Mother of Slain Children Questions Court System
Md. Woman Voiced Worries About Husband

By Dan Morse
Washington Post Staff Writer
Friday, April 4, 2008

A Silver Spring woman whose three children were slain last weekend in a case in which her husband has been charged said yesterday that the court system in Montgomery County needs to better understand mental illness and that "some people . . . would not listen to me."

"I felt almost like something was going to happen," said Amy Castillo, speaking publicly for the first time since her children were drowned Saturday in a Baltimore hotel room. "I can say, 'I told you so.' But unfortunately, 'I told you so' doesn't give me much relief."

Castillo, 43, stood before a bank of TV cameras inside McLean Bible Church, where she plays violin in the orchestra and where at least two of the children were enrolled in Bible classes. She spoke for 12 minutes with two friends by her side, choking up as she described the difficulty of knowing that she must continue without her children.

Castillo, a pediatrician, said she spoke out because she has realized how many people have been hurt by the deaths. The children -- Anthony, 6, Austin, 4, and Athena, 2 -- will be remembered tomorrow at a service at the church in Vienna.

Mark Castillo, 41, is charged with first-degree murder in the children's deaths. He told investigators that he killed them 2 1/2 hours before he was required to return them to his wife under a visitation agreement worked out in court, authorities said. Amy Castillo lived with her children in Silver Spring.

According to charging documents, Castillo told investigators that he drowned the children one by one at a hotel near the Inner Harbor. He said he swallowed 100 Motrin tablets and stabbed himself in the neck with a steak knife. He drifted into unconsciousness and woke up 19 hours later, realizing his suicide attempt had failed, the documents say.

The court file chronicling the Castillos' separation and custody dispute offers little explanation of what might have triggered the slayings.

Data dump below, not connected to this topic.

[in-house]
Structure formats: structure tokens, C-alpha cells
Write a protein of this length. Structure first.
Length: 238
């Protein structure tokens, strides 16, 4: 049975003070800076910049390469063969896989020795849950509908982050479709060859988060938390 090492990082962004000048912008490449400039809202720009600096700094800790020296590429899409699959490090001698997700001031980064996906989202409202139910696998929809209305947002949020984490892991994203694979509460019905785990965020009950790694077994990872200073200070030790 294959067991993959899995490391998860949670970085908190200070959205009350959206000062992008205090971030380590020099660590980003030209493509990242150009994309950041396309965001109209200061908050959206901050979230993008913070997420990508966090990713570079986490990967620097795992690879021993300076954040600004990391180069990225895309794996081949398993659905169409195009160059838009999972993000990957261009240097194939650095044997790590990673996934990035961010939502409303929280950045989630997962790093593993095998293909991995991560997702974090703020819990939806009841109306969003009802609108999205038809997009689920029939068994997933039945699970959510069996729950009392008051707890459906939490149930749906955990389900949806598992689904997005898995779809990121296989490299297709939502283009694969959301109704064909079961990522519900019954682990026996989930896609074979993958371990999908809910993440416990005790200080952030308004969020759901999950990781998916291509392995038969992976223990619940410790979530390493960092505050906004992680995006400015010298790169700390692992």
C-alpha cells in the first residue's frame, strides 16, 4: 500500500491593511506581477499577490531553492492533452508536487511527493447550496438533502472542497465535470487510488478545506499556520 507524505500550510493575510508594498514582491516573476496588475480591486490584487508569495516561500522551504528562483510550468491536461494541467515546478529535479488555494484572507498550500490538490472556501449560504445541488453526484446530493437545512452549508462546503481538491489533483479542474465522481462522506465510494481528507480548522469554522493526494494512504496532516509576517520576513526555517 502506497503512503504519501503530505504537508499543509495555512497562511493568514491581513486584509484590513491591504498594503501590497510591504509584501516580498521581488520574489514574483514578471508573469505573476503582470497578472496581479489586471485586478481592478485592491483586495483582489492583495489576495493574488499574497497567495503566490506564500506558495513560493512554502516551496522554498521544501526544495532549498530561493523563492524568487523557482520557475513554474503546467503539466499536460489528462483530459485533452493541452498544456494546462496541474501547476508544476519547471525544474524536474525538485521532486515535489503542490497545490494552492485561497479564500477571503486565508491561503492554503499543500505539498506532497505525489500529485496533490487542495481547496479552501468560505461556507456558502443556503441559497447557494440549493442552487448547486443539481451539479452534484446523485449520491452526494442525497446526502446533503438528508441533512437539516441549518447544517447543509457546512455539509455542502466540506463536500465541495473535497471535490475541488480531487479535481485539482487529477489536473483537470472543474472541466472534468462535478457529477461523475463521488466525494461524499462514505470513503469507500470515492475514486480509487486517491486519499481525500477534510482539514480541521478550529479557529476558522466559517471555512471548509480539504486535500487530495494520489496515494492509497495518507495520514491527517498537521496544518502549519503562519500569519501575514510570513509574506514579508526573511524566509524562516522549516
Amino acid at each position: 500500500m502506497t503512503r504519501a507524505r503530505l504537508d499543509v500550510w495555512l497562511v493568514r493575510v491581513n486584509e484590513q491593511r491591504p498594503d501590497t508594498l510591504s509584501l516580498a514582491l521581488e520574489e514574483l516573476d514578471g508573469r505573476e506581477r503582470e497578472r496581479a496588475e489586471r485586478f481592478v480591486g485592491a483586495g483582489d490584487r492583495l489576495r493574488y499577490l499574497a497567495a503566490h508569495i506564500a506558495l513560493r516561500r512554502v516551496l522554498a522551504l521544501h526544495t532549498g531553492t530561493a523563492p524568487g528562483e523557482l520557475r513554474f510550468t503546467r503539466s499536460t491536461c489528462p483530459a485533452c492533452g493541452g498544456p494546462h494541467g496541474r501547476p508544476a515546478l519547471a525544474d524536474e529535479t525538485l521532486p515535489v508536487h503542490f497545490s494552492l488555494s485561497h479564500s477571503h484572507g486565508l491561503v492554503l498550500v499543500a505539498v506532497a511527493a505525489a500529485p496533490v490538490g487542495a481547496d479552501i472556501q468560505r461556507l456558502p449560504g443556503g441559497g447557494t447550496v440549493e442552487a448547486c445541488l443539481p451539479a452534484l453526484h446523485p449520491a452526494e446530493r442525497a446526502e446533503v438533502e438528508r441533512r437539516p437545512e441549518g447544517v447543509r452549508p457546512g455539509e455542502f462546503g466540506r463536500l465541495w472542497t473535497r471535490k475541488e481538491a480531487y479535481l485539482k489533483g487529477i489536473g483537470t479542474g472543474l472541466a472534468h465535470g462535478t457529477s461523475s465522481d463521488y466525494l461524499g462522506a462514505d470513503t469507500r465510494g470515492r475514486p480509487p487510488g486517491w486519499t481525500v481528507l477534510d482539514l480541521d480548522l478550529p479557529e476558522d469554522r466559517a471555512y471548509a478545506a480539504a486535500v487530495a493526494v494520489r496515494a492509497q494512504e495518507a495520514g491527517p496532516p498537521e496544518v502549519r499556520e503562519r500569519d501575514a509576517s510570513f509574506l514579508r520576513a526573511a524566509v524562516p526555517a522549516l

At the church, Amy Castillo said that she had told her husband he needed to get a job. She also said she had "found issues" with a van he drove and "turned the tags into the motor vehicle association, forcing him to go get new tags."

"And I think all around he was in trouble," she said. "I think he was getting more and more angry."

Mark Castillo had been diagnosed with depression and was involuntarily committed to a psychiatric hospital for a week after planning to kill himself in 2006, according to court records.

Amy Castillo said that she was always concerned when her husband had the children and that she once hid them at a friend's house to keep them from him. "I was willing to accept the consequences," she said.

Castillo spoke in a meeting room in the sprawling church, which draws about 10,000 people during a typical weekend.

She said she finds comfort in her faith.

"I have been a follower of Christ, and I am still a follower of Jesus Christ," she said during her remarks. "I believe God is completely sovereign and in control and that he has a good plan for me, although at this time I just don't feel it, but I know it to be true. The difficult part is that I don't understand it right now."

Speaking of her children, Castillo said: "I'm going to have to live in this life without my children, and I will never see them grow past 2, 4 and 6, and all the things planned together just won't happen. It's a pain I just don't know how I am going to deal with."

She met Castillo about 10 years ago, when she lived in Charleston, S.C., and he was in town with a gymnastics and trampoline show, according to Montgomery County Circuit Court records. They married Feb. 7, 1998. In 2005, Amy Castillo said she heard her husband making "passive suicidal threats," saying that he wished he would go to sleep and never wake up, according to court records. They were separated, and she was granted a limited divorce in February.

After he became less stable, the records say, Amy Castillo feared for her children's safety. In July 2006, she asked for sole custody. Over the next 21 months, at times she asked the courts to halt his visitation.

Responding to questions yesterday about whether the court system had done enough to limit her husband's access to the children, Castillo said, "I do feel like there were situations and some people who would not listen to me, and it was very frustrating."

She also paid alimony to her husband, who had worked with computers and as a gymnastics coach. In February, she said, the Montgomery County Circuit Court halted the alimony payments, saying that Mark Castillo was not looking for a job.

Yesterday, Amy Castillo said she felt that she had barely gotten to know her daughter. "She really was starting to smile and dance around and jump up and down and always wanted me to hold her," she said.

Castillo described a conversation she overheard a few weekends ago in her basement between her sons.

She said Austin told Anthony, "When I die, I am going to be in heaven with Jesus."

"That's true," Anthony replied. "But you know you can't bring your toys and you can't bring your blanket with you."

Castillo said she overheard Austin saying that he understood. "It just really confirmed to me that at least my two children who could speak, they understood the meaning of sin, the meaning of forgiveness and the meaning of just the love of Christ."

Friends asked that anyone interested in supporting the family go to

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